Learning to Optimize Halide with Tree Search and Random Programs

Andrew Adams, Karima Ma, Luke Anderson, Riyadh Baghdadi, Tzu-Mao Li, Michaël Gharbi, Benoit Steiner, Steven Johnson, Kayvon Fatahalian, Frédo Durand, and Jonathan Ragan-Kelley

We present a new algorithm to automatically schedule Halide programs for high-performance image processing and deep learning. We significantly improve upon the performance of previous methods, which considered a limited subset of schedules. We define a parameterization of possible schedules much larger than prior methods and use a variant of beam search to search over it. The search optimizes runtime predicted by a cost model based on a combination of new derived features and machine learning. We train the cost model by generating and featurizing hundreds of thousands of random programs and schedules. We show that this approach operates effectively with or without autotuning. It produces schedules which are on average almost twice as fast as the existing Halide autoscheduler without autotuning, or more than twice as fast with, and is the first automatic scheduling algorithm to significantly outperform human experts on average.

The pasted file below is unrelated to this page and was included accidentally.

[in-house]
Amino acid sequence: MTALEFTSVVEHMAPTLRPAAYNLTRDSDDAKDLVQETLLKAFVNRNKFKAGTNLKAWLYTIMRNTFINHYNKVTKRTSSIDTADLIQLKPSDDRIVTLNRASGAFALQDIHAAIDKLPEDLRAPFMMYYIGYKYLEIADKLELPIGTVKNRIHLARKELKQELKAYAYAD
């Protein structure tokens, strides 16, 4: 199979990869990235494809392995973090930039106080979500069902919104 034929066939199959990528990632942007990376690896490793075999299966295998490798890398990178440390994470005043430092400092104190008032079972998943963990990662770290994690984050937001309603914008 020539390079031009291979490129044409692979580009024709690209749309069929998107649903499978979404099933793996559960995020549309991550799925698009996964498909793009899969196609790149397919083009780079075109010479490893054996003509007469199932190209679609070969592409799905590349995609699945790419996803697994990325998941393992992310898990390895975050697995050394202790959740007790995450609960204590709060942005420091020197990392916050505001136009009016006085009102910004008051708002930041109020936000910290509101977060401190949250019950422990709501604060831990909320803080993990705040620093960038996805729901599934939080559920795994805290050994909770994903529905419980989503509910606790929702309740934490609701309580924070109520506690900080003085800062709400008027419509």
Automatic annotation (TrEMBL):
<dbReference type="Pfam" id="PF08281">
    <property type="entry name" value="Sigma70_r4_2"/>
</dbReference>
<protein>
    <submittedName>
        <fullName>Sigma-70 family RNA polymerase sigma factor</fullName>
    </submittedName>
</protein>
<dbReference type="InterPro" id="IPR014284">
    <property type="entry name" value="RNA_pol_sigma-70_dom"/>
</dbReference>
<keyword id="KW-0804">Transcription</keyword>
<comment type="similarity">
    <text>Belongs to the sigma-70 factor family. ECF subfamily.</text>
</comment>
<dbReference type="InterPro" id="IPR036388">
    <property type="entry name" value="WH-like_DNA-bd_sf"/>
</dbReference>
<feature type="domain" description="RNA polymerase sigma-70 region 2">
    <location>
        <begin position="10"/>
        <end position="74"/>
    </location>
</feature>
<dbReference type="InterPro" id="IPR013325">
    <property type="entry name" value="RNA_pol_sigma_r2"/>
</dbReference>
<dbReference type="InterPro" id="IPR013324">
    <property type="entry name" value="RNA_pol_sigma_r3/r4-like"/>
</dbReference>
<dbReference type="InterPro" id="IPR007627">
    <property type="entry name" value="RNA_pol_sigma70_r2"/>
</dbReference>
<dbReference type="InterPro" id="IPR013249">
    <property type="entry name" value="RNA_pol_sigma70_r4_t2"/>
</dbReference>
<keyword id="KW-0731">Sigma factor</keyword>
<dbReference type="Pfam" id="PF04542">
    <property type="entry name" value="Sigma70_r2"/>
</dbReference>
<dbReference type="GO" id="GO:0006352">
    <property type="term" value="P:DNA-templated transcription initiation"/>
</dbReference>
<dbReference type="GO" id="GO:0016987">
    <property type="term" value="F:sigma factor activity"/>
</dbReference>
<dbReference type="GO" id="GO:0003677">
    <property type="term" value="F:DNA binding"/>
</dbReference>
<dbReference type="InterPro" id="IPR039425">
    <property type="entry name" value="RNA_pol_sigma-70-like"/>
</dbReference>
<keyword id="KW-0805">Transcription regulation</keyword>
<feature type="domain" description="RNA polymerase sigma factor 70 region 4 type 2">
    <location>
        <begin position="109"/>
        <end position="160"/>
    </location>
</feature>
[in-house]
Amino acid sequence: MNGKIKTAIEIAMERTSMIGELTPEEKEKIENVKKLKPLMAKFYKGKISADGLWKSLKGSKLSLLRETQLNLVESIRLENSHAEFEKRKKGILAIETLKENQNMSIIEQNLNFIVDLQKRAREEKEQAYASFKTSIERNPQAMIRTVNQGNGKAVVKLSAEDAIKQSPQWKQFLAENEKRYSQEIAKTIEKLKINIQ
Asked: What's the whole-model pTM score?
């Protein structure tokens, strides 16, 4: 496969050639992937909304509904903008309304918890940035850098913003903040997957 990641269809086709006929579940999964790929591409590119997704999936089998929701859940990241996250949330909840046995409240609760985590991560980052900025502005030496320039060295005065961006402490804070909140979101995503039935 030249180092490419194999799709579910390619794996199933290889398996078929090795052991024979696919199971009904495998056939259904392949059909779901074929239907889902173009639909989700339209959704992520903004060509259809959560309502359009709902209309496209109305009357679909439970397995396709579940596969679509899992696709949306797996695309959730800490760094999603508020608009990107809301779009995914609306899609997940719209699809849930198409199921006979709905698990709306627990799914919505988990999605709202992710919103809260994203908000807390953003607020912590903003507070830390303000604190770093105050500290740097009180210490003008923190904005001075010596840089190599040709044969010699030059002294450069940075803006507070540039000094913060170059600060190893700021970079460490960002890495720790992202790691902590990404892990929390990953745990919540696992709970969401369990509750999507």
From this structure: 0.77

VR Facial Animation via Multiview Image Translation

Shih-En Wei, Jason Saragih, Tomas Simon, Adam W. Harley, Stephen Lombardi, Michal Perdoch, Alexander Hypes, Dawei Wang, Hernan Badino, and Yaser Sheikh

A key promise of virtual reality (VR) is the possibility of remote social interaction that is more immersive than any prior telecommunication media. However, existing social VR experiences are mediated by inauthentic digital representations of the user (i.e., stylized avatars). These stylized representations have limited the adoption of social VR applications in precisely those cases where immersion is most necessary (e.g., professional interactions and intimate conversations). In this work, we present a bidirectional system that can animate avatar heads of both users’ full likeness using consumer-friendly headset-mounted cameras (HMC). There are two main challenges in doing this: unaccommodating camera views and the image-to-avatar domain gap. We address both challenges by leveraging constraints imposed by multiview geometry to establish precise image-to-avatar correspondence, which are then used to learn an end-to-end model for real-time tracking. We present designs for a training HMC, aimed at data collection and model building, and a tracking HMC for use during interactions in VR. Correspondence between the avatar and the HMC-acquired images is automatically found through self-supervised multiview image translation, which does not require manual annotation or one-to-one correspondence between domains. We evaluate the system on a variety of users and demonstrate significant improvements over prior work.